Majestic Bighorn Sheep

Watch your step! The rocky staircase can be treacherous!

Northwest Wyoming has the largest concentrations of Bighorn Sheep (Ovis canadensis) in the lower 48 states. In Yellowstone, bighorn sheep prefer rough, tall country where they have good escape routes from predators. There are fewer than 500 bighorn sheep in the park, with about 250 in the northern range. 

Bighorn sheep get their name from the large, curved horns on the rams (males) that can weigh up to 40 pounds. Ewes (females) also have horns, but they are shorter with less curvature. The sheep themselves can weigh in at around 350 pounds, but some in the Rocky Mountains can approach 500 pounds. They feed primarily on grasses and forage on shrubby plants in fall and winter.

The BigHorn sheep originally crossed to North America over the Bering Land Bridge from Siberia; the population in North America peaked in the millions, and the bighorn sheep entered into the mythology of Native Americans. Bighorn sheep were among the most admired animals of the Apsaalooka (Crow) people, and what is today called the Bighorn Mountain Range was central to the Apsaalooka tribal lands.

BigHorns are threatened by several predators, including black bears, grizzly bears, wolves, and especially mountain lions that have the agility to prey on them in uneven, rocky habitats. They have other enemies, too, unfortunately. By 1900, the population had diminished to several thousand because of diseases introduced through European livestock and overhunting.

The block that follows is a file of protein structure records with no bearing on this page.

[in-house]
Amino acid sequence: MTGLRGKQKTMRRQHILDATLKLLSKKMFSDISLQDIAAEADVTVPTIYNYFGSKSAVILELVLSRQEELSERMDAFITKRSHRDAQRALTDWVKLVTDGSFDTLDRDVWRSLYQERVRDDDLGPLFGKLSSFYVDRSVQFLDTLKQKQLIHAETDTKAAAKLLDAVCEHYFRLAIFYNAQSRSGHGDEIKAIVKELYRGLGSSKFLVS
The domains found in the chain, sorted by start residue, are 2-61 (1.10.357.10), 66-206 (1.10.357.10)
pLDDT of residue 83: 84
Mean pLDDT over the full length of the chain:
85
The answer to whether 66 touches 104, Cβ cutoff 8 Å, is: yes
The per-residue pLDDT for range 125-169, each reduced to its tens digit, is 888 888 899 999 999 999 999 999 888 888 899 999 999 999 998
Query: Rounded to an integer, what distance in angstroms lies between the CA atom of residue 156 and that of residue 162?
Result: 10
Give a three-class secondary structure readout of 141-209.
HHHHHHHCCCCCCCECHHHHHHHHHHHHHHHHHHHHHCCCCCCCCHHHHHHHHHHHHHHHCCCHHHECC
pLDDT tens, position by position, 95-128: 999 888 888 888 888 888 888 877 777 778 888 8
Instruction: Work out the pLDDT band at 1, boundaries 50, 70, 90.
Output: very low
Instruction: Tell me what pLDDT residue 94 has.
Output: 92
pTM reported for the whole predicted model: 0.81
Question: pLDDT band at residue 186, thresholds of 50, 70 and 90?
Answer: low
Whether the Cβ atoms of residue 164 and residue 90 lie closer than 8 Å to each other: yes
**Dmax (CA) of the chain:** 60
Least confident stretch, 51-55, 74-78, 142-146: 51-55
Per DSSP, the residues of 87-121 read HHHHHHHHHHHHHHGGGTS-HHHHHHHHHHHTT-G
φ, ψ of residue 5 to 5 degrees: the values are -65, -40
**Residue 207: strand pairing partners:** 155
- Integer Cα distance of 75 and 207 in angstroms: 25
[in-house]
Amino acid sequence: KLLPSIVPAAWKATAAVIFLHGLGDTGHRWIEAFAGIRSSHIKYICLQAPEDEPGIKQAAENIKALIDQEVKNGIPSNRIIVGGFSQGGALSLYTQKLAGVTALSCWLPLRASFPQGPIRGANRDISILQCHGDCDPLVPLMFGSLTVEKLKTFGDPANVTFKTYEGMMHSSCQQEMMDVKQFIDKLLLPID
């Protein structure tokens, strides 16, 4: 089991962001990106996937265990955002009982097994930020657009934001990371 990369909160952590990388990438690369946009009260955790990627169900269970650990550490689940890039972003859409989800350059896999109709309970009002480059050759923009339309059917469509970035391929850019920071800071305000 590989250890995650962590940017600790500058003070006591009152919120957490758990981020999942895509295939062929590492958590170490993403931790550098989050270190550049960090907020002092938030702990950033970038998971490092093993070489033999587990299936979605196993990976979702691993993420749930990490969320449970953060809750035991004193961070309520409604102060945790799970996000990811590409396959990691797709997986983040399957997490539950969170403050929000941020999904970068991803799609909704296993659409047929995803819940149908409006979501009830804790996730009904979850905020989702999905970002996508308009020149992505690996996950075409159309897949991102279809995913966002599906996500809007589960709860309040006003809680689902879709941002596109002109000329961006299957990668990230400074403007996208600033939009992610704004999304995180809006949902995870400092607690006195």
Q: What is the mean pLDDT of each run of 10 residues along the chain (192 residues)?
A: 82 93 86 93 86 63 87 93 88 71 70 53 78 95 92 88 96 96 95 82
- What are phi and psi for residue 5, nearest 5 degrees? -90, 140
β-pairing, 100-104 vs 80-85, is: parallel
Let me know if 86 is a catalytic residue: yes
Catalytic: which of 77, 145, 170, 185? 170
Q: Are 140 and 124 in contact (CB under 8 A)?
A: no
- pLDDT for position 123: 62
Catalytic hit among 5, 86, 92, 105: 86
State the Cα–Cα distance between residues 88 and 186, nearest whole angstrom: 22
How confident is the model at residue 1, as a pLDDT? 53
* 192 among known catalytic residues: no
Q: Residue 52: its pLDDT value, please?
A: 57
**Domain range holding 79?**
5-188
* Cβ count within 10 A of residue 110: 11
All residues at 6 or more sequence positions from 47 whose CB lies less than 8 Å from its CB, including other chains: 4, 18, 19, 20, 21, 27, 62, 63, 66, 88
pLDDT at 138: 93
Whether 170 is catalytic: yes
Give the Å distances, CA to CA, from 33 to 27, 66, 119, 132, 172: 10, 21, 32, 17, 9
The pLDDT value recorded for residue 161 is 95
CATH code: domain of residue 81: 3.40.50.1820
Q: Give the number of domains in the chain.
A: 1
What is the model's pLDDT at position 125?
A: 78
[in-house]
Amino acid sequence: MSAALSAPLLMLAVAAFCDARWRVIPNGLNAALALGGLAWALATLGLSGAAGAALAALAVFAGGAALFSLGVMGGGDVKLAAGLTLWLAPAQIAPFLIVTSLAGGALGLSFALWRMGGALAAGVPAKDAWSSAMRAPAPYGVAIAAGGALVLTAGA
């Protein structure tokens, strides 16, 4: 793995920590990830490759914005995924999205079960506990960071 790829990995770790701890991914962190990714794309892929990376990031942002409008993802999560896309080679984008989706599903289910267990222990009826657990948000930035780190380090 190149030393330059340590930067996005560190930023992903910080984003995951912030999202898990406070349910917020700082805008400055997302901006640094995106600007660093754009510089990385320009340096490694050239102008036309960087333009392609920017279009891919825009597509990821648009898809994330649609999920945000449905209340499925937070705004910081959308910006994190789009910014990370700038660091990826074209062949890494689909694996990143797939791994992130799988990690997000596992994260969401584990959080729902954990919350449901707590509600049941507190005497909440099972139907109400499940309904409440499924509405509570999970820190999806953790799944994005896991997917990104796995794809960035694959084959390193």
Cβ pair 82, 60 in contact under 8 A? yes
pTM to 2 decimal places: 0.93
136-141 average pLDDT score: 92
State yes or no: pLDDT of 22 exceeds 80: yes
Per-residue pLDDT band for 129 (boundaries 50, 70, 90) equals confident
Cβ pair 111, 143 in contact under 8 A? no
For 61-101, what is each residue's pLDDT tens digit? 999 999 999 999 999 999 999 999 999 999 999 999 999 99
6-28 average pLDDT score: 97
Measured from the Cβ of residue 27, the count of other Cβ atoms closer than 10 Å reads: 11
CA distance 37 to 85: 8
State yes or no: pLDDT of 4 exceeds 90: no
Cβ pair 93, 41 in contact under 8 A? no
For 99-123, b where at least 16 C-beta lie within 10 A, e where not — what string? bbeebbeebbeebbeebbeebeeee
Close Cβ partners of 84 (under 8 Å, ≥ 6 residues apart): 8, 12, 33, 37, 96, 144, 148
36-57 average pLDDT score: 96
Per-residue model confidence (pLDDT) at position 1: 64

Restoration of bighorn sheep has been ongoing by many state and federal agencies since the 1940s. However, these efforts have met with only limited success, and most of the historical range of bighorns remains unoccupied.

So where can I see them? I'm glad you asked! If you want the best opportunity to spot them in Yellowstone, try Specimen Ridge, Mt. Washburn, and Mt. Everts. You will need to do some hiking, but these are all excellent areas where the bighorn sheep roam. You may also find them on the cliffs above the basalt columns in the Tower Falls area, and sometimes there is a group that hangs out near the picnic area just before you enter Lamar Valley.

Bighorn sheep are such majestic creatures and most definitely worth your time seeking them out when you visit Yellowstone. Good luck in your search! =]:)

Photo by NPS/Diane Renkin

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